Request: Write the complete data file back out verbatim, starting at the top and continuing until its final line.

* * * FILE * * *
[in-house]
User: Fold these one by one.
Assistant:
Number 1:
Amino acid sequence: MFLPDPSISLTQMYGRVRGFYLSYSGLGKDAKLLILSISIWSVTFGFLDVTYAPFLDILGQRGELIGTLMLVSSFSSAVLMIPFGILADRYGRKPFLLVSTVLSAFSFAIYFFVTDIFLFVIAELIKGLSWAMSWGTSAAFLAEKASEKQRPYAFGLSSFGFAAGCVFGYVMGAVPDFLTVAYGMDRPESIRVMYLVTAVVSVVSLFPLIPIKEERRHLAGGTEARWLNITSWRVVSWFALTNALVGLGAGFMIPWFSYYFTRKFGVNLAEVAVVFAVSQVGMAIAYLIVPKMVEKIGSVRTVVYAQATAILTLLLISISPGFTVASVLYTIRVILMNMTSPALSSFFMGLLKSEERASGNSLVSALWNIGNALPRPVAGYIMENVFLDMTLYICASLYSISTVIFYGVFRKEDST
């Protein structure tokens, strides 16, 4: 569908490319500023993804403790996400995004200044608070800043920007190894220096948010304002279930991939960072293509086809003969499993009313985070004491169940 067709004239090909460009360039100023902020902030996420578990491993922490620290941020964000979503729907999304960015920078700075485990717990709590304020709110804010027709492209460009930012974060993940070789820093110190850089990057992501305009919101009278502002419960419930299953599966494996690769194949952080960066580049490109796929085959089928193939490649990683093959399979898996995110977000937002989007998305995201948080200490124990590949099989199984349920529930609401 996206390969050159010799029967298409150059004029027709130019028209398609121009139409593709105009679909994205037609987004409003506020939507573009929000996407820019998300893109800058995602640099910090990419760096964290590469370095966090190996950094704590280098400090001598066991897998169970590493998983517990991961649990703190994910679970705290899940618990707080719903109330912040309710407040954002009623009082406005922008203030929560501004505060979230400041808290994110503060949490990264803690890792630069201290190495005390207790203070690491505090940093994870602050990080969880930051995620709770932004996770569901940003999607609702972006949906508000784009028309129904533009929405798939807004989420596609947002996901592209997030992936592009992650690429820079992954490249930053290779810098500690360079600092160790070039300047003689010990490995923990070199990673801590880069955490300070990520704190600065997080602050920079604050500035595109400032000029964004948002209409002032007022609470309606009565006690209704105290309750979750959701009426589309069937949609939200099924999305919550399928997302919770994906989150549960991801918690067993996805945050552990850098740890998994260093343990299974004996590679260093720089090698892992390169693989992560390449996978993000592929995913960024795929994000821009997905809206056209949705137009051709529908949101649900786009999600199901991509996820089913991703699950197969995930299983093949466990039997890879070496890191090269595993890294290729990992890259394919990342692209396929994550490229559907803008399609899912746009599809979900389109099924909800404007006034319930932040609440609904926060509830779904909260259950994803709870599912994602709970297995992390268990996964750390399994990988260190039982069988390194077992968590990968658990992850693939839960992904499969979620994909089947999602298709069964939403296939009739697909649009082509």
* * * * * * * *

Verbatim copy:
[in-house]
User: Fold these one by one.
Assistant:
Number 1:
Amino acid sequence: MFLPDPSISLTQMYGRVRGFYLSYSGLGKDAKLLILSISIWSVTFGFLDVTYAPFLDILGQRGELIGTLMLVSSFSSAVLMIPFGILADRYGRKPFLLVSTVLSAFSFAIYFFVTDIFLFVIAELIKGLSWAMSWGTSAAFLAEKASEKQRPYAFGLSSFGFAAGCVFGYVMGAVPDFLTVAYGMDRPESIRVMYLVTAVVSVVSLFPLIPIKEERRHLAGGTEARWLNITSWRVVSWFALTNALVGLGAGFMIPWFSYYFTRKFGVNLAEVAVVFAVSQVGMAIAYLIVPKMVEKIGSVRTVVYAQATAILTLLLISISPGFTVASVLYTIRVILMNMTSPALSSFFMGLLKSEERASGNSLVSALWNIGNALPRPVAGYIMENVFLDMTLYICASLYSISTVIFYGVFRKEDST
């Protein structure tokens, strides 16, 4: 569908490319500023993804403790996400995004200044608070800043920007190894220096948010304002279930991939960072293509086809003969499993009313985070004491169940 067709004239090909460009360039100023902020902030996420578990491993922490620290941020964000979503729907999304960015920078700075485990717990709590304020709110804010027709492209460009930012974060993940070789820093110190850089990057992501305009919101009278502002419960419930299953599966494996690769194949952080960066580049490109796929085959089928193939490649990683093959399979898996995110977000937002989007998305995201948080200490124990590949099989199984349920529930609401 996206390969050159010799029967298409150059004029027709130019028209398609121009139409593709105009679909994205037609987004409003506020939507573009929000996407820019998300893109800058995602640099910090990419760096964290590469370095966090190996950094704590280098400090001598066991897998169970590493998983517990991961649990703190994910679970705290899940618990707080719903109330912040309710407040954002009623009082406005922008203030929560501004505060979230400041808290994110503060949490990264803690890792630069201290190495005390207790203070690491505090940093994870602050990080969880930051995620709770932004996770569901940003999607609702972006949906508000784009028309129904533009929405798939807004989420596609947002996901592209997030992936592009992650690429820079992954490249930053290779810098500690360079600092160790070039300047003689010990490995923990070199990673801590880069955490300070990520704190600065997080602050920079604050500035595109400032000029964004948002209409002032007022609470309606009565006690209704105290309750979750959701009426589309069937949609939200099924999305919550399928997302919770994906989150549960991801918690067993996805945050552990850098740890998994260093343990299974004996590679260093720089090698892992390169693989992560390449996978993000592929995913960024795929994000821009997905809206056209949705137009051709529908949101649900786009999600199901991509996820089913991703699950197969995930299983093949466990039997890879070496890191090269595993890294290729990992890259394919990342692209396929994550490229559907803008399609899912746009599809979900389109099924909800404007006034319930932040609440609904926060509830779904909260259950994803709870599912994602709970297995992390268990996964750390399994990988260190039982069988390194077992968590990968658990992850693939839960992904499969979620994909089947999602298709069964939403296939009739697909649009082509």